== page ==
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Thread: has or had

  1. #101
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    "It is possible to has a son." <--incorrect? why? The subject is "It", which is singular, but "has" should be have? why?

    The subject is "it", the verb is "is" (singular), so everything's fine.




    But it doesn't sound right. Shouldn't it be:
    "It is possible to have a son." Why "have" when the subject is singular?

  2. #102
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    Oh, yeah, of course "It is possible to has a son" is wrong!
    My comment was misleading.
    The subject in this sentence is here:
    Code:
    it is possible to have a son
    ==
    The verb (3rd person) is here:
    Code:
    it is possible to have a son
       ==
    So this part doesn't need to conjugate with the subject:

    Code:
    it is possible to have a son
                      ====
    FRC

  3. #103
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    I still don't really understand that. How do you know if the verb is in 3rd person? Can you give me some more examples?

  4. #104
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    He is likely to come late.
    She is bound to miss her train.
    It is better to leave now.
    He is prone to break everything he touches.
    It is unfair to kick your opponent in the head while he's on the floor.
    It is better to wait till he's stood up.
    She is expected to do what her husband says.
    It is silly to keep your plants in the fridge.
    It is unwise to moonie in front of a police station.
    He is planning to phone his mother sometime.

    In each sentence, there's a conjugated verb and an infintive form.

    Note that some construction use the gerund instead. Eg.

    He is used to drinking a couple of glass of whisky before going to bed.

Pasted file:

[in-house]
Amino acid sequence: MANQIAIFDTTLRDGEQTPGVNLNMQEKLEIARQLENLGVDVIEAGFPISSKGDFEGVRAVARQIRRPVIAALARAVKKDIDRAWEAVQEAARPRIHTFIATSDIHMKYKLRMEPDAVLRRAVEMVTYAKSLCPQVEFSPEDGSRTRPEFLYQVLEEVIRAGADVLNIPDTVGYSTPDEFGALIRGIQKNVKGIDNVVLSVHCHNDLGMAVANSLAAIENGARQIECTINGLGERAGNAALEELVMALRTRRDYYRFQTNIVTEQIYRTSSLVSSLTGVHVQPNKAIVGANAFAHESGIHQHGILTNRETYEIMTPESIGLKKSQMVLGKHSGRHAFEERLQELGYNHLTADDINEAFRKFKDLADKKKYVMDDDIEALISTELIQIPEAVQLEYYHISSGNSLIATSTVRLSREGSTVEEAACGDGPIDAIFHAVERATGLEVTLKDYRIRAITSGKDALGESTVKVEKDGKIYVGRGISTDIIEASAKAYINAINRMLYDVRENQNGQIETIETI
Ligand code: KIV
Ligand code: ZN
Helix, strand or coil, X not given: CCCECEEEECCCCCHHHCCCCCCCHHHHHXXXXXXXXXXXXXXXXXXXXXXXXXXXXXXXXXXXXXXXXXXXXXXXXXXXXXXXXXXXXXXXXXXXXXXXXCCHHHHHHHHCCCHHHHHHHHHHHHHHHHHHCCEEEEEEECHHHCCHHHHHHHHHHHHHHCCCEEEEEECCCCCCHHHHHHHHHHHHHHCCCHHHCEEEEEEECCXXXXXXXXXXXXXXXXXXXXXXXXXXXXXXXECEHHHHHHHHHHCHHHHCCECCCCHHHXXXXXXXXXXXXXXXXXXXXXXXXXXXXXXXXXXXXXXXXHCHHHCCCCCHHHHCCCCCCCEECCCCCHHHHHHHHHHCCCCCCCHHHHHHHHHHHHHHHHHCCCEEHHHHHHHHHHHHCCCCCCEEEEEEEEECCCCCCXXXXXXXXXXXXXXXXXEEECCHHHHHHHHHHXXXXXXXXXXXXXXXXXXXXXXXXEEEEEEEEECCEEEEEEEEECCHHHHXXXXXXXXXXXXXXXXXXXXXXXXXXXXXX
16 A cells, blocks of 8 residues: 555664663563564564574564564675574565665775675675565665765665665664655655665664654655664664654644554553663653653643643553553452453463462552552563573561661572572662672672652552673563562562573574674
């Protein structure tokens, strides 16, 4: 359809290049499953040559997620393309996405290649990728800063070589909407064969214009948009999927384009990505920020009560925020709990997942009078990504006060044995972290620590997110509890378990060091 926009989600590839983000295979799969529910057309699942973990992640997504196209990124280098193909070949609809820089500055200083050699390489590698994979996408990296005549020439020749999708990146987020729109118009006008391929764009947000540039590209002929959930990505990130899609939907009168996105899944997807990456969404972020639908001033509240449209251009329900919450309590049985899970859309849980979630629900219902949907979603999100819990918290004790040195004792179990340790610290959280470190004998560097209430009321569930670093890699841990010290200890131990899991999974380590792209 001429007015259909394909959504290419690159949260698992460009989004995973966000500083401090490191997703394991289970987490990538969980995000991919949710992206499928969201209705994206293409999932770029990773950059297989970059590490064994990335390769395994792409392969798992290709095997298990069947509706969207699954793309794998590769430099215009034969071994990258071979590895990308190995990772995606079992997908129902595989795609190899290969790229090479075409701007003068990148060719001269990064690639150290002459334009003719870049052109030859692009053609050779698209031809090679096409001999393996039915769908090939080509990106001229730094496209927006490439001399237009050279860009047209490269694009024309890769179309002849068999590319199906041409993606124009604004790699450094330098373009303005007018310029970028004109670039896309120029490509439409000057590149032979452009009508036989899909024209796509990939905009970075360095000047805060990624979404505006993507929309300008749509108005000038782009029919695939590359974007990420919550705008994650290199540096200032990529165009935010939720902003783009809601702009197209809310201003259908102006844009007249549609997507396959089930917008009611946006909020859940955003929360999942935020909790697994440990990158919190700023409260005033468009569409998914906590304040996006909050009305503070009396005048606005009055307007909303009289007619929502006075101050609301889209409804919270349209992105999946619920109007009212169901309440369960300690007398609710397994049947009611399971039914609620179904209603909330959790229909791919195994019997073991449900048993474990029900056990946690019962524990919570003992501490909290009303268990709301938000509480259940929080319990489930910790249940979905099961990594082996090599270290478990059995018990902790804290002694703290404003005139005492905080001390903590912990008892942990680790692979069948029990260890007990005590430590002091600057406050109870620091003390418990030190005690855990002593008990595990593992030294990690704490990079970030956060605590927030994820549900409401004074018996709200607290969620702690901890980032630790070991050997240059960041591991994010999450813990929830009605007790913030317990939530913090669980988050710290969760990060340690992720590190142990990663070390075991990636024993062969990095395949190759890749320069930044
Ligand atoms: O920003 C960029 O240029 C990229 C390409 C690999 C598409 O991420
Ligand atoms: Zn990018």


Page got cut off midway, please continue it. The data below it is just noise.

She's looking forward to going on vacation at last.
    She is not accustomed to being told she has beautiful ears.

    You need to learn what constructs work with 'to + gerund'.

    FRC

  5. #105
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    Quote Originally Posted by jack
    "It is possible to has a son." <--incorrect? why? The subject is "It", which is singular, but "has" should be have? why?

    The subject is "it", the verb is "is" (singular), so everything's fine.




    But it doesn't sound right. Shouldn't it be:
    "It is possible to have a son." Why "have" when the subject is singular?
    It is possible to have a son. (OK)

    The main verb is "is". Only the main verb agrees in number with the subject. The verb "to have" is secondary.

    Examples
    1. She has to go. (Main verb: "has")
    2. She has to goes. (Not OK)

  6. #106
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    "She is a unwilling to change kind of person, which makes her has a stubborn trait." <--incorrect? why? what is the subject and verb?

    "She is a unwilling to change kind of person, which makes her have a stubborn trait." <--correct? why?

  7. #107
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    Quote Originally Posted by jack
    "She is a unwilling to change kind of person, which makes her has a stubborn trait." <--incorrect? why? what is the subject and verb?

    "She is a unwilling to change kind of person, which makes her have a stubborn trait." <--correct? why?
    Sorry. Both sentences are strange. :(

    Try,

    She is unwilling to change her character, which means she is stubborn.

    There are three inflected verbs so there are three clauses, and within each clause the verb agrees in number with the subject, like this,

    Clause 1: She is unwilling to change her character

    Clause 2: which means she is stubborn

    Clause 3: She is stubborn

    The subject of Clause 2 is "which", a relative pronoun referring to all of Clause 1, like this,

    She is unwilling to change her character, which means....
    It means....

    The verb 'means' agrees in number with the 3rd person pronoun "It".

    All the best,

  8. #108
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    "She is a stubborn kind of person because she is unwilling to change." <--correct?

  9. #109
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    Correct.

  10. #110
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    For this scenario:

    A: Did you kill him?

    B: I have killed him.
    B: I had killed him.
    B: I had killed him after he had harmed so many human beings.

    Are these correct/incorrect? If so, why? could you correct them for me and tell me the meaning and how to use it. thanks

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